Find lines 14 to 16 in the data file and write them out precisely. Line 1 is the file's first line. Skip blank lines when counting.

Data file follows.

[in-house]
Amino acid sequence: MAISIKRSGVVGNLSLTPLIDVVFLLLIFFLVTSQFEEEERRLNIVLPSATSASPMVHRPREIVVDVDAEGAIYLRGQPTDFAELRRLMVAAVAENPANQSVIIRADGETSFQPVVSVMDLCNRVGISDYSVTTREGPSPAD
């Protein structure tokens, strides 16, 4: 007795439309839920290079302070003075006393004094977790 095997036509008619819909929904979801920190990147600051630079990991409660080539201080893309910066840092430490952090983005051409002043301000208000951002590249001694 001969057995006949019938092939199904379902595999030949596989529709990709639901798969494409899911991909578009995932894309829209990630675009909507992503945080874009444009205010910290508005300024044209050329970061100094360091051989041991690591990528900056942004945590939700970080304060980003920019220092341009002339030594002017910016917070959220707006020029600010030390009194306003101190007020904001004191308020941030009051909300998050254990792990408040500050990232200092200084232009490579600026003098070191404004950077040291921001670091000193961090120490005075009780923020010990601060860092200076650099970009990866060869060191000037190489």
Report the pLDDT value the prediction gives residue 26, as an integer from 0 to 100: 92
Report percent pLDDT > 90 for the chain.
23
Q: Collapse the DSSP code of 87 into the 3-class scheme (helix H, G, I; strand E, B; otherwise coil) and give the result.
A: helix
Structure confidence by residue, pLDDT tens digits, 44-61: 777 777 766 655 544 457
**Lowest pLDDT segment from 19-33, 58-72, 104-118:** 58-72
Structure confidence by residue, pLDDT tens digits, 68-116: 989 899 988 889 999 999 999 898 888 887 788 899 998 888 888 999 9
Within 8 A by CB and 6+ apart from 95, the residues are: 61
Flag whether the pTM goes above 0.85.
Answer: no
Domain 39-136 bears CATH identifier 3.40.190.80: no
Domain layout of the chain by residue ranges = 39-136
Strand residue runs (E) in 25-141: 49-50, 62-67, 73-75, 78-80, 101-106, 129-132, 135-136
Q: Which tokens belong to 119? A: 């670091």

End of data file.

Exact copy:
Answer: no
Domain 39-136 bears CATH identifier 3.40.190.80: no
Domain layout of the chain by residue ranges = 39-136